B-schools must make MBA education on par with global standards, says TAPMI Director Dr. Saji Gopinath

MBAUniverse.com brings you this exclusive interview with Dr. Saji Gopinath, Director, T. A. Pai Management Institute (TAPMI). In this interview Dr. Gopinath explains why he believes management education in India needs a paradigm shift, how top B-schools can showcase real life challenges to their students and his plans for TAPMI in the this year.

Prior to taking charge as Director of TAPMI in March 2009, Dr. Saji Gopinath was working as Professor in the area of Operations Management and Information Technology at IIM Kozhikode.  His association with IIM-K began since its inception in 1997.

Dr. Saji Gopinath did his M.Tech and then Ph.D in the area of management from the Indian Institute of Science, Bangalore. He is a management consultant to many public and private sector organizations. He was the founder Chairman of Asia’s first synchronous e-Learning programme in executive management.

Excerpts from this exclusive interview as told to Swapna Raghu Sanand of MBAUniverse.com:

Q: What, according to you, makes TAPMI a unique B-school?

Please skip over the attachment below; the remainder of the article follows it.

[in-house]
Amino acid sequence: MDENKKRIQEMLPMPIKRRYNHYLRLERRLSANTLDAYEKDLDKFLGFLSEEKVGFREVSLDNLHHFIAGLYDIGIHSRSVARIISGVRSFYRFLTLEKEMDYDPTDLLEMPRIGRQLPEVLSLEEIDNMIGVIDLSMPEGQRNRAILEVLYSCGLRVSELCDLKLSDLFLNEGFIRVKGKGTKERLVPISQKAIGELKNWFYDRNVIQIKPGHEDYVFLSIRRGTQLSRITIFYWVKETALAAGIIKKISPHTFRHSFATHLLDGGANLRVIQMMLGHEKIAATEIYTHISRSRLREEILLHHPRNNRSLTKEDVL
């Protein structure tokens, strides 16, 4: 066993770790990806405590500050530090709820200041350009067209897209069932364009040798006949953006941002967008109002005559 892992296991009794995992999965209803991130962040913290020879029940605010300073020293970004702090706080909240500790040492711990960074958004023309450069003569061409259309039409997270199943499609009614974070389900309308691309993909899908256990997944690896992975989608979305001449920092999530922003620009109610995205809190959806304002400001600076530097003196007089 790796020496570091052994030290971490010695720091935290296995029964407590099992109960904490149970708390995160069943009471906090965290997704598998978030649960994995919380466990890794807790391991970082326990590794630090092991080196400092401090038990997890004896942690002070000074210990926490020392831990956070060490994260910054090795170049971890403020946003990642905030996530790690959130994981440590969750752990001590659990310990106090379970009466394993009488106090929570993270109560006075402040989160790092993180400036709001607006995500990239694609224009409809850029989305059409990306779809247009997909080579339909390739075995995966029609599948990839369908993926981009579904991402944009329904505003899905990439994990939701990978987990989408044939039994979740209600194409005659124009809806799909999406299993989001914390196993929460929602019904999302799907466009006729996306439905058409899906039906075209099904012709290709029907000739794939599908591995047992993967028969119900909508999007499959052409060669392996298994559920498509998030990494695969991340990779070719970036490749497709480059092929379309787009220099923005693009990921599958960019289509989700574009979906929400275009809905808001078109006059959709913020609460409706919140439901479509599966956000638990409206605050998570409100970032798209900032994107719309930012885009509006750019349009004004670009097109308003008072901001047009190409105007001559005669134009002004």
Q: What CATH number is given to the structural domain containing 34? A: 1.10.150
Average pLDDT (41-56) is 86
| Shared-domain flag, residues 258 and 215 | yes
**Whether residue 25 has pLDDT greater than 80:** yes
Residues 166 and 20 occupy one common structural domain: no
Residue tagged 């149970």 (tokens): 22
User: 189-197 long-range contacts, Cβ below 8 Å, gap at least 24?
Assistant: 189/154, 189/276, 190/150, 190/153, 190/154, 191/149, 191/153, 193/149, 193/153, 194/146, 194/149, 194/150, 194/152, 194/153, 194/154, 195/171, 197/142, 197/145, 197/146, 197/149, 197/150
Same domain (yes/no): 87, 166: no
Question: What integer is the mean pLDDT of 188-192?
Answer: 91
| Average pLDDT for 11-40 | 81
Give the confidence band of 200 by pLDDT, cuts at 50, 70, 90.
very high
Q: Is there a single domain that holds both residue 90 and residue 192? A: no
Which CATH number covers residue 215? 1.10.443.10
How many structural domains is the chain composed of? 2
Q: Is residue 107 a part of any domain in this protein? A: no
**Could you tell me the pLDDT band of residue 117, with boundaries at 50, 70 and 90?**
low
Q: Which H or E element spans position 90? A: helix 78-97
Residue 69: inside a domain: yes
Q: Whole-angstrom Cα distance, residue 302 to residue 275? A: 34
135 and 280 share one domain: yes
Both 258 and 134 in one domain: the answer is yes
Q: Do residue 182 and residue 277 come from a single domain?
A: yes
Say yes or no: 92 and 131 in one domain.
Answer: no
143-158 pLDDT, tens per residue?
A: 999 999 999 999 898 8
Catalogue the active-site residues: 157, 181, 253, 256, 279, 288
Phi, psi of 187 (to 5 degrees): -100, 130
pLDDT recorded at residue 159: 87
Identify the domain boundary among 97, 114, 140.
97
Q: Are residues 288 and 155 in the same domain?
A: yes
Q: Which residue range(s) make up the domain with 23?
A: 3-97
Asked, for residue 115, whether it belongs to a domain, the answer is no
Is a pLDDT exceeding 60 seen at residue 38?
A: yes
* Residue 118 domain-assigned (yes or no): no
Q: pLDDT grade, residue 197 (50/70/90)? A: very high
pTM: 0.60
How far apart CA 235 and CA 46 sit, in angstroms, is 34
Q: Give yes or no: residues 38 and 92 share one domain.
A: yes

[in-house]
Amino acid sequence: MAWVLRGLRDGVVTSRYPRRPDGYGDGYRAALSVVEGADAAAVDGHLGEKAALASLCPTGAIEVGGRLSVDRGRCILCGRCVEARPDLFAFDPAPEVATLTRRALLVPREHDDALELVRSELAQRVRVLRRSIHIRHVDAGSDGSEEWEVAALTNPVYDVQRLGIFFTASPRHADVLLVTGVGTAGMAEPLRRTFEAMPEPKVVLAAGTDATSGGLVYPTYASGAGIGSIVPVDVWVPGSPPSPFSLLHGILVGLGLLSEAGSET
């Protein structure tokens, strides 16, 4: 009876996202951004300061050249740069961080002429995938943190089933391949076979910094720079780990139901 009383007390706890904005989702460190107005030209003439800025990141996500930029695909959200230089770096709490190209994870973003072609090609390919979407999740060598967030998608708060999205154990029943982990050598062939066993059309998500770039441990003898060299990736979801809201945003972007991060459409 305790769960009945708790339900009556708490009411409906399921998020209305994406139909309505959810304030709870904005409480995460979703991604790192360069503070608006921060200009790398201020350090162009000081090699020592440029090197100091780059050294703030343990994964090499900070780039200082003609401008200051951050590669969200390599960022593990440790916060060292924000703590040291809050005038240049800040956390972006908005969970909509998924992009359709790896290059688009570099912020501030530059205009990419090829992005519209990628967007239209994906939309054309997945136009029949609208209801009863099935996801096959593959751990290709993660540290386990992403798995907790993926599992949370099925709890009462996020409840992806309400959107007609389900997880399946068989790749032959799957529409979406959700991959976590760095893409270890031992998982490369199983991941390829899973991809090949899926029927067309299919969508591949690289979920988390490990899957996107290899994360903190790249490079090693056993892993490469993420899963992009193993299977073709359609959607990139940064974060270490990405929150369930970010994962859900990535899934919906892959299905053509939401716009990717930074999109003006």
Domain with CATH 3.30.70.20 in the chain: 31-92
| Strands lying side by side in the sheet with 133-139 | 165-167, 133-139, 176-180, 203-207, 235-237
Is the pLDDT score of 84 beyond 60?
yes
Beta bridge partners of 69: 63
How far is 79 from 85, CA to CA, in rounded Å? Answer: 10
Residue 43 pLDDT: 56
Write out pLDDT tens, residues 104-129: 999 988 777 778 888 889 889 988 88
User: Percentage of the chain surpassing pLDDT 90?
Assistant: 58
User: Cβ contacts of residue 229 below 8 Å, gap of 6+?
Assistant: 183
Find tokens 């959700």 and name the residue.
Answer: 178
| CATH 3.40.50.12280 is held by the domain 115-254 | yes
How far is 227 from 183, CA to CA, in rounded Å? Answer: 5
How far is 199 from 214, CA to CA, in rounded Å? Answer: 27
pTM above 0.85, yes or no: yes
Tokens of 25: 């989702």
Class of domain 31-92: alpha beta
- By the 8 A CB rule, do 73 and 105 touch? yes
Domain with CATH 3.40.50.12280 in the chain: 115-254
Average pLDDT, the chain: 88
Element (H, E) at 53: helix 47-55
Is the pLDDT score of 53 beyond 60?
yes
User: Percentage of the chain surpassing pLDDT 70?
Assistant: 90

TAPMI focuses on holistic education. We offer output based education through a strong academic process. We are currently in the final stage of securing AACSB accreditation, which is something we are looking forward to.

Q: When did the process for seeking AACSB accreditation begin?
It started six years back. We are happy to comply with the AACSB accreditation process as it is the best in the world.

Q: What would be more challenging for TAPMI – Developing entrepreneurs or Thought leaders?
Developing entrepreneurship is most important to us. But our courses incorporate elements of nurturing thought leadership in our students. Greater emphasis is placed on fostering entrepreneurship. We give students a business model to run on their own for at least a week. We evaluate its sustainability and award those who were creative.

Q: How does it connect with MBA students?
It has management orientation and relevance. Management institutions have to emerge as platforms for showcasing real life challenges and problems that need to be debated and solved. We practice inclusive growth in totality, particularly from a societal role.

Q: Will TAPMI implement it?
Not until we have developed a scalable model of inclusive growth that can be taken to the next level. Meanwhile, our students are studying the adopted village in detail and working on creating practical mechanism to solve some of the existing problems they are facing.

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